Together Maynor and the facilities director selected a TM Series 310-ton HDPE cooling tower from Delta Cooling Towers. The TM Series Induced Draft Cooling Tower features a modular design to provide simplified installation and a seamless, engineered-plastic (HDPE) shell with corrosion-proof construction and a leak-proof design. The variable frequency drive (VFD) motor delivers efficient operation and a direct-drive fan assembly offers reduced maintenance.

Simplified installation

Typically, metal towers arrive with numerous pieces that need to be assembled and erected on site, requiring the prolonged use of a crane, so the installation process is extremely time consuming and costly. In comparison, the engineered-plastic cooling tower selected by the college came factory assembled in two pieces which allows for a simplified on-site installation.

“We basically pulled the truck up for delivery, had a crane on site for 30 minutes to set the tower, and then were ready to go,” says Maynor.

Reduced maintenance

The double-wall shell of the new plastic cooling tower does not have seams that are often the source of leaking. The material is also non-corroding even when exposed to the outdoor weather extremes of North Carolina. The direct drive fan assembly consists of a fan ring, propeller, motor and guard, so there are fewer moving parts to service. Together, these features significantly reduce cooling tower maintenance at the college.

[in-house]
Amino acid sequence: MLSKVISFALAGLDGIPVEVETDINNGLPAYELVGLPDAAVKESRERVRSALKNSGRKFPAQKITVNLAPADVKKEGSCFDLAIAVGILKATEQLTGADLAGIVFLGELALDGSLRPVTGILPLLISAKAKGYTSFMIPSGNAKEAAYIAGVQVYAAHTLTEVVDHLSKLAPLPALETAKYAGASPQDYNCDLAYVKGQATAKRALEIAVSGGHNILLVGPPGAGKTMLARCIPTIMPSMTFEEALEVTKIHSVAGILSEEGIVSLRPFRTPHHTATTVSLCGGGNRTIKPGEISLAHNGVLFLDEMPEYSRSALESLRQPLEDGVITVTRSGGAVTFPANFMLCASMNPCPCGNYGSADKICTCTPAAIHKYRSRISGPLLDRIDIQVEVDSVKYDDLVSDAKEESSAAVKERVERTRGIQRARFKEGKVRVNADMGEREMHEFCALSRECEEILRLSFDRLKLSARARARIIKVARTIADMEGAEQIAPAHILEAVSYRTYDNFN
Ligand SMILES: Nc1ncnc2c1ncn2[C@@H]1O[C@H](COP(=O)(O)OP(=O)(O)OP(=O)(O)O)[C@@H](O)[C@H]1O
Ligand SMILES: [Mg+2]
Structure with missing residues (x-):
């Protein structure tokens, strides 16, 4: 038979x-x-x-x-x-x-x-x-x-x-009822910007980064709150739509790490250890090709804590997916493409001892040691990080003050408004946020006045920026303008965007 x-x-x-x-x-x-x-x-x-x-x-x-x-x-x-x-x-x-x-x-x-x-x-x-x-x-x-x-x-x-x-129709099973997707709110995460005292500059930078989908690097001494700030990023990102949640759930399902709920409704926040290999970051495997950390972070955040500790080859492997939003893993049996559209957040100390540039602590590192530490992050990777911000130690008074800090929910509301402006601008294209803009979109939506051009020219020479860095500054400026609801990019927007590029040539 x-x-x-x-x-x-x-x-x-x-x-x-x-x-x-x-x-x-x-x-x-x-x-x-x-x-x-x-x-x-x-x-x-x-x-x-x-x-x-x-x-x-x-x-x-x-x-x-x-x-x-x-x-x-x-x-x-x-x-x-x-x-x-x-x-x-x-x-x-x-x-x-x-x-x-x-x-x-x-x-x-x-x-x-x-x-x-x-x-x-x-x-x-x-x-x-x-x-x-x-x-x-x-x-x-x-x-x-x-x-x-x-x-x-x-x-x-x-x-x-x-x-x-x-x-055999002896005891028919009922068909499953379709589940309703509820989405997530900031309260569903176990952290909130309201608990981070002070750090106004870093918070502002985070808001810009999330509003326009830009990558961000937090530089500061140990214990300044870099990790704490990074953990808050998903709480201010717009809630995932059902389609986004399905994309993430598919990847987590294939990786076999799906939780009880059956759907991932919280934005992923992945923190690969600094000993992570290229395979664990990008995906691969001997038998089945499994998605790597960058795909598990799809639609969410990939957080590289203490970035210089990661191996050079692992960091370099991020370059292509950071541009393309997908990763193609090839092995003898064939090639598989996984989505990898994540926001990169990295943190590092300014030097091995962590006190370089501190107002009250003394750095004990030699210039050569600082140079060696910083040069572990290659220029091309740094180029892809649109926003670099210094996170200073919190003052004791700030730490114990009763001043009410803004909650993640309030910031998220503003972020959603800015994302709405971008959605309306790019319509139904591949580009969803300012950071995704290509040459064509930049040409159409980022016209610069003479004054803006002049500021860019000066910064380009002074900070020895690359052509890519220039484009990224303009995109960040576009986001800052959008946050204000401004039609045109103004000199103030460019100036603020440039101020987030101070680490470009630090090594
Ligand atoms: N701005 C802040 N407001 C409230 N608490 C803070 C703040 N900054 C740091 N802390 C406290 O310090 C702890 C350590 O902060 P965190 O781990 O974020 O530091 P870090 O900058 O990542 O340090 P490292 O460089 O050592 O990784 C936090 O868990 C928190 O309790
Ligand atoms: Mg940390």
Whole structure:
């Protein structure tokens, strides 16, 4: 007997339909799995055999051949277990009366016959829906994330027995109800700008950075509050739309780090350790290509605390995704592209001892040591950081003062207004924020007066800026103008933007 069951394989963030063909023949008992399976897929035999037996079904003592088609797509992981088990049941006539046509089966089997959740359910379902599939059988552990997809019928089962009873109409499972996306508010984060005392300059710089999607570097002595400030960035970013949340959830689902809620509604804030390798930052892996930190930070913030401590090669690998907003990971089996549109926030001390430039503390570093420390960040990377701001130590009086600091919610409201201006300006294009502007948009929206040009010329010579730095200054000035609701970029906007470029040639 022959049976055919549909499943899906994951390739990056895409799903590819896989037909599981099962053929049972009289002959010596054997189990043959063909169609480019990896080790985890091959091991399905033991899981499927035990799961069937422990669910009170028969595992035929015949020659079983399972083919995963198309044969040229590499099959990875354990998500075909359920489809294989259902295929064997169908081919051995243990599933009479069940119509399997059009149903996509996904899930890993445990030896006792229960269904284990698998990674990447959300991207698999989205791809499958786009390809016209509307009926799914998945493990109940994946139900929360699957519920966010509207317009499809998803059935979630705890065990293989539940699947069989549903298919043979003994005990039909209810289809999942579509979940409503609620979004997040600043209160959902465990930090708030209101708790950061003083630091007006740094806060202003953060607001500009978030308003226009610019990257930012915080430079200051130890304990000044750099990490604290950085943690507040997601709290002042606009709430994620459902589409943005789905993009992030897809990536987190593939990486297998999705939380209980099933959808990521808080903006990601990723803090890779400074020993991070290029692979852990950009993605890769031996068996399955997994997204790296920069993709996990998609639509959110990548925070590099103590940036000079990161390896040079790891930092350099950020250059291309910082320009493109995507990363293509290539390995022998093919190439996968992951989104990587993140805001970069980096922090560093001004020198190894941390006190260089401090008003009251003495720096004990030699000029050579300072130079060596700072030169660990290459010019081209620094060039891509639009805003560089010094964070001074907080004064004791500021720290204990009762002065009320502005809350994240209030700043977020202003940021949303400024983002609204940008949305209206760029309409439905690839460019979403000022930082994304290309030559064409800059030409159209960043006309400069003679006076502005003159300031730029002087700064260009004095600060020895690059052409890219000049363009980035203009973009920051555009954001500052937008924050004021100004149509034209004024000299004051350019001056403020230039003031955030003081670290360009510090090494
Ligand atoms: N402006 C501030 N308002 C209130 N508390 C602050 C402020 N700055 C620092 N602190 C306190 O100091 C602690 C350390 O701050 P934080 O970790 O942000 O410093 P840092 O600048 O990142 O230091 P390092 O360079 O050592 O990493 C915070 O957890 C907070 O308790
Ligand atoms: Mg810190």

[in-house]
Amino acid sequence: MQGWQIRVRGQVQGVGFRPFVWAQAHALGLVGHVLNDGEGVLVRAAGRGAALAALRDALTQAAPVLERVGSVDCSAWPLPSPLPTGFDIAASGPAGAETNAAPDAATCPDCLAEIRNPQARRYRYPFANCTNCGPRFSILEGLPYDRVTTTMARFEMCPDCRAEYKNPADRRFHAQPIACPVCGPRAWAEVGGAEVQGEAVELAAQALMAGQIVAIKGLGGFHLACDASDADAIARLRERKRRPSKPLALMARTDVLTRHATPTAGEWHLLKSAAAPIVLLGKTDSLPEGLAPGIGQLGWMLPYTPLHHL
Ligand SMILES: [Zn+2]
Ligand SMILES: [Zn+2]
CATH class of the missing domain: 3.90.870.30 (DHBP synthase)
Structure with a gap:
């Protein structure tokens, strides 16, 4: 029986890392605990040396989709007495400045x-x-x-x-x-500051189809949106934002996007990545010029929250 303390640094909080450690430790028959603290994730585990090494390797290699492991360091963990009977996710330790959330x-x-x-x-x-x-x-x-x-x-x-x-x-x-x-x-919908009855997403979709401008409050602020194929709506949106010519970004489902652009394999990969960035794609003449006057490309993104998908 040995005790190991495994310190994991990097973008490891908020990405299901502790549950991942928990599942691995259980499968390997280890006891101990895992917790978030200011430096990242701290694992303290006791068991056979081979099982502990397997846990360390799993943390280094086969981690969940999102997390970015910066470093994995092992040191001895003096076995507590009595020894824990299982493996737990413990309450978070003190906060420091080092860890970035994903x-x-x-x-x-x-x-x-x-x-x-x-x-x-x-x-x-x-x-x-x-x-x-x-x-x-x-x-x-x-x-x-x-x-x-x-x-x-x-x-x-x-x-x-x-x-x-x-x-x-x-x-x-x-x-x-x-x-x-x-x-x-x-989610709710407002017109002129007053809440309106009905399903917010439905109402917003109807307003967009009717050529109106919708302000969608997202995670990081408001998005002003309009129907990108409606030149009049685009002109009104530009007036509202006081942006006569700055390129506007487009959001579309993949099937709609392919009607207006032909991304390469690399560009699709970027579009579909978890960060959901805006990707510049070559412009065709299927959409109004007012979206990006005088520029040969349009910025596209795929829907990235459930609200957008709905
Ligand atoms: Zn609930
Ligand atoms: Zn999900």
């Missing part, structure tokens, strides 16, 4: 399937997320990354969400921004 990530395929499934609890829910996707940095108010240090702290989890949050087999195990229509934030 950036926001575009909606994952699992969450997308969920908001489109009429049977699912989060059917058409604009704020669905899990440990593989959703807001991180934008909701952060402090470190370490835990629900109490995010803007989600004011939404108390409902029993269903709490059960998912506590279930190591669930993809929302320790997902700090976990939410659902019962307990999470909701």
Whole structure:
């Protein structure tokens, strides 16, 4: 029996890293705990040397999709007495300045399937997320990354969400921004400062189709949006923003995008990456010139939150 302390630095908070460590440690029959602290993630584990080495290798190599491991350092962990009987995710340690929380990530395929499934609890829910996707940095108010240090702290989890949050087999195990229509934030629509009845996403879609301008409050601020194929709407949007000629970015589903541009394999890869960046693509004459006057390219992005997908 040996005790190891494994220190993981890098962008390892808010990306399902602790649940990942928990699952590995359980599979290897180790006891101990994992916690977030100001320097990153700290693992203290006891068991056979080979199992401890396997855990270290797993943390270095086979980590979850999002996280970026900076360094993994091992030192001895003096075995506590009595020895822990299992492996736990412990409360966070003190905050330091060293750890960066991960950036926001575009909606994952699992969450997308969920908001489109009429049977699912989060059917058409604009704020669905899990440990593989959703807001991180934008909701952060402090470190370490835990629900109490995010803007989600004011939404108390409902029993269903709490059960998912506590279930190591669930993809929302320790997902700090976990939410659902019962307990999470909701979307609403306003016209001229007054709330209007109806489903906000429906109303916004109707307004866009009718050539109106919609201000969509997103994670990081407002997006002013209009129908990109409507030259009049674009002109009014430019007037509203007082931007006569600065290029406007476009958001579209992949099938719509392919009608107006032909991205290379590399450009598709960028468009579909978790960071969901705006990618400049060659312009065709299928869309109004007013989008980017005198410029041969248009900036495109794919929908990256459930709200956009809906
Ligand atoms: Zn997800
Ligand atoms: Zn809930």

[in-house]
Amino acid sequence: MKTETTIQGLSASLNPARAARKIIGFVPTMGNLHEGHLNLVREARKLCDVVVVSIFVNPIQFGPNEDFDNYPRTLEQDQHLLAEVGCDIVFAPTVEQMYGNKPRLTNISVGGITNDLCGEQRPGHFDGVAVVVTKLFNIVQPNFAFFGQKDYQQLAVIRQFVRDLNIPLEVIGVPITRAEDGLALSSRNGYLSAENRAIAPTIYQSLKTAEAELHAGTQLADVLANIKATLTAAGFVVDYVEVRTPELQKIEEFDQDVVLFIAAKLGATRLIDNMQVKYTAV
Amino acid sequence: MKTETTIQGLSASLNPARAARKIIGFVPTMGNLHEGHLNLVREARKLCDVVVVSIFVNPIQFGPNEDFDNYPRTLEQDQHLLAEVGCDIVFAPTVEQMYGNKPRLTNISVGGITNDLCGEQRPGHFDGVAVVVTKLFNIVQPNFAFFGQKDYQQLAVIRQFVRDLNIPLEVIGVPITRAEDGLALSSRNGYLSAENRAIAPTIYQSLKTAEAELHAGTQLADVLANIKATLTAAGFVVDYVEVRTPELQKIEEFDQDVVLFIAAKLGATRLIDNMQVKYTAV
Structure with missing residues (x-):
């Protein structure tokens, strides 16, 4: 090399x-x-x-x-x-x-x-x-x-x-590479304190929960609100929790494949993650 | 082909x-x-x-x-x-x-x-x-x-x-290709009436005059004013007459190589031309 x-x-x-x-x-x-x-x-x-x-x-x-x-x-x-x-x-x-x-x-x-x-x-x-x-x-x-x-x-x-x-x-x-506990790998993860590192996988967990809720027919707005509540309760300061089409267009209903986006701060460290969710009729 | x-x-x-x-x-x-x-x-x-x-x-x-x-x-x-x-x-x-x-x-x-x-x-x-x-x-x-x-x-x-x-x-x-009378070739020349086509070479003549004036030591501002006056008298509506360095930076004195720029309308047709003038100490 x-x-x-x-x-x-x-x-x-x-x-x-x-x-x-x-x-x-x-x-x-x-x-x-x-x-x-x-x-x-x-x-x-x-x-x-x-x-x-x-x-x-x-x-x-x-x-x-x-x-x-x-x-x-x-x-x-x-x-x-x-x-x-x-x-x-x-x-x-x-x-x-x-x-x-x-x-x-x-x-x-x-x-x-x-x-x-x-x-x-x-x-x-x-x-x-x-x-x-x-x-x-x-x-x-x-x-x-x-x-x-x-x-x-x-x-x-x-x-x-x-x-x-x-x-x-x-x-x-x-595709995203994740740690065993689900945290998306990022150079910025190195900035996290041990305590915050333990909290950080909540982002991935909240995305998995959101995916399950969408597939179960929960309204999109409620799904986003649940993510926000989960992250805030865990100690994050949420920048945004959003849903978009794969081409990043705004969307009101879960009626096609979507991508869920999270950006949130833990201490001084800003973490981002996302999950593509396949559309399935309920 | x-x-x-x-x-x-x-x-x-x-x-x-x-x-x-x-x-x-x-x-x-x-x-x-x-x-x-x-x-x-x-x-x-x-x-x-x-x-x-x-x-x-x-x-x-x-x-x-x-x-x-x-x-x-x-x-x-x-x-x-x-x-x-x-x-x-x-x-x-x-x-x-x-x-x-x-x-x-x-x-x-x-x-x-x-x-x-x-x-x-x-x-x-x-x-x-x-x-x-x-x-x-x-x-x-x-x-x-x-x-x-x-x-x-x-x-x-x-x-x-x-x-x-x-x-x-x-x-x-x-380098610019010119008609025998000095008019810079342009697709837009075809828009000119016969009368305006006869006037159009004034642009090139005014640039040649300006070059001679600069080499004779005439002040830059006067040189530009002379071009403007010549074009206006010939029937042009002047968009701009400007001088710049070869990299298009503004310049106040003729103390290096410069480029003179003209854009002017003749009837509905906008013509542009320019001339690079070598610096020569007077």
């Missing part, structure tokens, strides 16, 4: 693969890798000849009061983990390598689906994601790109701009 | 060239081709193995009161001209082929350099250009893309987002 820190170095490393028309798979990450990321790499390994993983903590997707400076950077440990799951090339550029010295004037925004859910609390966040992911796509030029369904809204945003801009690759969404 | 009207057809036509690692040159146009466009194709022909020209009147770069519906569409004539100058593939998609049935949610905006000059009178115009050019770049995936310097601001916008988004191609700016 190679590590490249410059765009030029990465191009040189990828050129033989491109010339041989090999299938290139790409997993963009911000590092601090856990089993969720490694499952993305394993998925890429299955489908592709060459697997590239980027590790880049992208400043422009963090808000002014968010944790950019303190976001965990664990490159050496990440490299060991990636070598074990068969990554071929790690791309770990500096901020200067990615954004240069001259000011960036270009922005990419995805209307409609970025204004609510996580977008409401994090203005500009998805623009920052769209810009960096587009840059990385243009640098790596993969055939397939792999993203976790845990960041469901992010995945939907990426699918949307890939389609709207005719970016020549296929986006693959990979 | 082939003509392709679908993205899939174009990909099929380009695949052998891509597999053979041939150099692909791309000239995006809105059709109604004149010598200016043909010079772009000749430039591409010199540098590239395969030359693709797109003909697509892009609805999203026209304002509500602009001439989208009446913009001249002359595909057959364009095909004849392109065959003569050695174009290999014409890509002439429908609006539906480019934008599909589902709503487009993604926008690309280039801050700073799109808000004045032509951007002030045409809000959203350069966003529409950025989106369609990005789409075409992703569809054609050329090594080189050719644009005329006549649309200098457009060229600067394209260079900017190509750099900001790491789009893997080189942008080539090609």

“Typically, I’m putting out fires all day, every day when it comes to metal-clad towers. But I have not seen any of the college’s three HDPE towers since I walked away from the installations. Not one single call. Not one hiccup. No news is good news to guys like me,” says Maynor. “The tower comes with a 20-year warranty, which was very meaningful to the college, but they have yet to use it as the three engineered plastic towers they now have on-site run flawlessly.”

Increased sustainability and efficiency

In addition to eliminating the water waste caused by the leaking metal tower, the campus is using less water to operate the more modern HDPE cooling tower, which features a water distribution system capable of increasing flow conditions with minimal increase to inlet pressure.

The campus has also seen a decrease in its energy usage thanks to the VFD driving the air movement.

“The college is experiencing a 20% to 30% reduction in electricity consumption on this tower because the fan adjusts its speed according to the weather and the demands of the system,” explains Maynor.

Reducing the noise

Another advantage that the college is excited about is the departure of noise.

“They called the old cooling tower ‘The Locomotive’ around campus because it sounded like a train. You couldn’t even hold a conversation if you were standing near it,” says Maynor. “Once we installed the new tower, the employees and maintenance staff were shocked by how quietly it operated.”

The college is on track to have all its metal-clad towers replaced with high-efficiency, low-noise engineered plastic towers within the next several years.

For more information, contact Delta Cooling Towers, Inc.; (800) 289.3358; email:; or visit the website: